Tom Curtin, CEO of the Curtin Team, and Ben and Candice Thorton from Capital Mortgage Solutions, LLC, actively discuss cooperative buying and aiding first-time homebuyers. They dispel myths regarding down payments and explore alternative financing methods. It is revealed that a primary residence can be purchased with as little as a 5% down payment, and some loan programs mandate even less. Furthermore, they delve into the possibility of gift funds, which parents, friends, or close family members can offer. Conventional guidelines dictate that gift funds must originate from a direct family member or fiancé. 401k loans are also an option for individuals who lack a family member or employer to help with the down payment. Borrowing from a 401k to make a down payment on a home has no impact on the debt-to-income ratio.
Check out our previous blog post about the real cost of waiting to buy –
If you’re considering continuing to rent, maybe you think it’s best to wait until prices come down, or maybe you’re waiting for interest rates to come down. Or maybe you just don’t see the value in taking on the responsibility of owning a home. But did you know home ownership is one of the largest factors in building wealth? It is the differentiator between those that bought and those that continue to rent. How big of a difference can it really make, you ask? Let’s look at the tale of two friends, Harry and Randy, and really dive into the numbers to see what a difference buying a home now and continuing to rent will make in a 7-year period.
Harry Homeowner just purchased his new home for $400,000. He used FHA financing and put 3.5% down, or $14,000. His loan would be $392,755 because of the up-front 1.75% mortgage insurance that gets rolled into the loan on FHA loans. His monthly payment would be:
Principal & Interest – $2,613
PMI – $273.42
Estimated Taxes & Insurance – $474
Total payment = $3,360.76
After 7 years, Harry will have paid $181,546.66 in interest and $34,171.22 in principal, leaving a loan balance of $351,829.02. Harry has gained $34,171.22 in principal paydown, which can also be looked at as a forced savings. But wait – it gets better. Harry will also gain equity. The average equity increase annually is 4% (in metro Atlanta, it’s been 5% average.) After 7 years at an average of 4% annual appreciation, Harry’s home is now worth $526,327. That’s a gain of $126,327. Adding in the principal paydown of $34,171, Harry is sitting on a nice $160,498 gain. Harry could access some of this equity through a Home Equity Line of Credit and perhaps purchase an investment property (smart choice Harry!) or decide it’s time to upgrade and roll those gains into a new home and start the process over.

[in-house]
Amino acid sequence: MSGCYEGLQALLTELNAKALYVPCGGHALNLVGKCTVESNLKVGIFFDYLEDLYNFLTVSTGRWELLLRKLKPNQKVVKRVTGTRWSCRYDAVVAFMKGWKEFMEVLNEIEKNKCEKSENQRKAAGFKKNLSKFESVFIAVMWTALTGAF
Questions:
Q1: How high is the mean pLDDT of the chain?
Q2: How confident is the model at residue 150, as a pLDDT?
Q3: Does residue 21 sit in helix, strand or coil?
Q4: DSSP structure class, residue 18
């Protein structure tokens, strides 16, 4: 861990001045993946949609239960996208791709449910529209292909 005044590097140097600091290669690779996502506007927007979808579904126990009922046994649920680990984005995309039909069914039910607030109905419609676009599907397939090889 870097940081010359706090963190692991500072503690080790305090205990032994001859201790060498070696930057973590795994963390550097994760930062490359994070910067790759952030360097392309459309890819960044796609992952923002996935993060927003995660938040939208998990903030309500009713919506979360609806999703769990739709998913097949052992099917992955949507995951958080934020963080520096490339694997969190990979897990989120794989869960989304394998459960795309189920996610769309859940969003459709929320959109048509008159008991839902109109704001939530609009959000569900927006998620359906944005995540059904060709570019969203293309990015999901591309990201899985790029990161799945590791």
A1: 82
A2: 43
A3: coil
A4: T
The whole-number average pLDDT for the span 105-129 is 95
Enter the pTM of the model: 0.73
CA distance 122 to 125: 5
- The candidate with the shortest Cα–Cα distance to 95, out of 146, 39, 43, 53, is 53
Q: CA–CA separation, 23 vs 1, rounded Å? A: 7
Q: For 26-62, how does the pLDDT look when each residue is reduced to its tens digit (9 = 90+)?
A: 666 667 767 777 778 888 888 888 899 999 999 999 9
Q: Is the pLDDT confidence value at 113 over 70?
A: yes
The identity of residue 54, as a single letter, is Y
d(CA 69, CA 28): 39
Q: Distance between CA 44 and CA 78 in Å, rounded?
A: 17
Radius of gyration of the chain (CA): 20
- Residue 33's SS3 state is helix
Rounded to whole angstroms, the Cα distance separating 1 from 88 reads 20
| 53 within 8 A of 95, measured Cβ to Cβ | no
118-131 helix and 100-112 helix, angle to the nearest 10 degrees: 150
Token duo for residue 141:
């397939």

Another scenario that would likely have occurred for Harry is that because of the gain in the property value and equity, the PMI would drop off – most likely Harry would have refinanced his house and the payment would have reduced by $300-$400, so Harry’s payment in year 7 would be estimated to be around $2,900.
Randy Renter is renting a cool two-bedroom apartment in a hip, walkable location for just $2,000/mo. Instead of making a mortgage payment, Randy is a disciplined dude and he is saving the difference in his rent payment and what his friend Harry is making in a mortgage payment. So he’s saving $1,360 per month.
Randy is smart with his money, and he’s invested it in a mutual fund and was able to obtain an average annual return of 12%. Randy would now be sitting on a cool $167,000.
Aha you say: “So buying is not the right move! I’d actually have more money by saving money by renting (assuming you’re as disciplined as Randy) and not buying.”
However, we didn’t factor in that rent continues to increase every year. So in reality, Randy’s fixed cost of living continues to increase, while Harry’s fixed housing cost is locked in (and likely reduced when he refinances). Let’s rerun this scenario factoring the rent increases and consequently the savings decreases for Randy.
Average rents increase by 6% per year in our area. Randy’s two bedroom apartment rent looks like this over 7 years:
Year 1 $2,000
Year 2 $2,120
Year 3 $2,247
Year 4 $2,382
Year 5 $2,525
Year 6 $2,676
Year 7 $2,837
At the end of 7 years, again Randy is super disciplined and did not touch any of his savings, he now has $138,855 saved.
Harry has $160,498 in equity/net worth.
Randy has $138,855 in equity/net worth.
Harry has a fixed monthly housing payment.
Randy also has a monthly payment that will continue to rise and is beyond his control.
Randy can buy too, but the same house Harry bought 7 years ago will cost Randy a lot more.